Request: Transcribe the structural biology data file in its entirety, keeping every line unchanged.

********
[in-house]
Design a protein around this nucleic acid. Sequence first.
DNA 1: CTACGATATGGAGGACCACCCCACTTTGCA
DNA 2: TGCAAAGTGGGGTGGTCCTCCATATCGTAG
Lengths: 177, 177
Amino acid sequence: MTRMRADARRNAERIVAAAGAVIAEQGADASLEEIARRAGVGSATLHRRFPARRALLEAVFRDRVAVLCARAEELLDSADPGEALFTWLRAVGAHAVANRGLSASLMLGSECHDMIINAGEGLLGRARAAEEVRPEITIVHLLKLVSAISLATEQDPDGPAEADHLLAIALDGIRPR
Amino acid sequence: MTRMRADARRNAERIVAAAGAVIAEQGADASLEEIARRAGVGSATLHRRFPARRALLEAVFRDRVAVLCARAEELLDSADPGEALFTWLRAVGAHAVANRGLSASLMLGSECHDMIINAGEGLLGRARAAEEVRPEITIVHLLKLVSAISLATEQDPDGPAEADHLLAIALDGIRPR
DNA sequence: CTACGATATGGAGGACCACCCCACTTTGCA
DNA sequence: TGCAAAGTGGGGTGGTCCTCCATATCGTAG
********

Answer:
[in-house]
Design a protein around this nucleic acid. Sequence first.
DNA 1: CTACGATATGGAGGACCACCCCACTTTGCA
DNA 2: TGCAAAGTGGGGTGGTCCTCCATATCGTAG
Lengths: 177, 177
Amino acid sequence: MTRMRADARRNAERIVAAAGAVIAEQGADASLEEIARRAGVGSATLHRRFPARRALLEAVFRDRVAVLCARAEELLDSADPGEALFTWLRAVGAHAVANRGLSASLMLGSECHDMIINAGEGLLGRARAAEEVRPEITIVHLLKLVSAISLATEQDPDGPAEADHLLAIALDGIRPR
Amino acid sequence: MTRMRADARRNAERIVAAAGAVIAEQGADASLEEIARRAGVGSATLHRRFPARRALLEAVFRDRVAVLCARAEELLDSADPGEALFTWLRAVGAHAVANRGLSASLMLGSECHDMIINAGEGLLGRARAAEEVRPEITIVHLLKLVSAISLATEQDPDGPAEADHLLAIALDGIRPR
DNA sequence: CTACGATATGGAGGACCACCCCACTTTGCA
DNA sequence: TGCAAAGTGGGGTGGTCCTCCATATCGTAG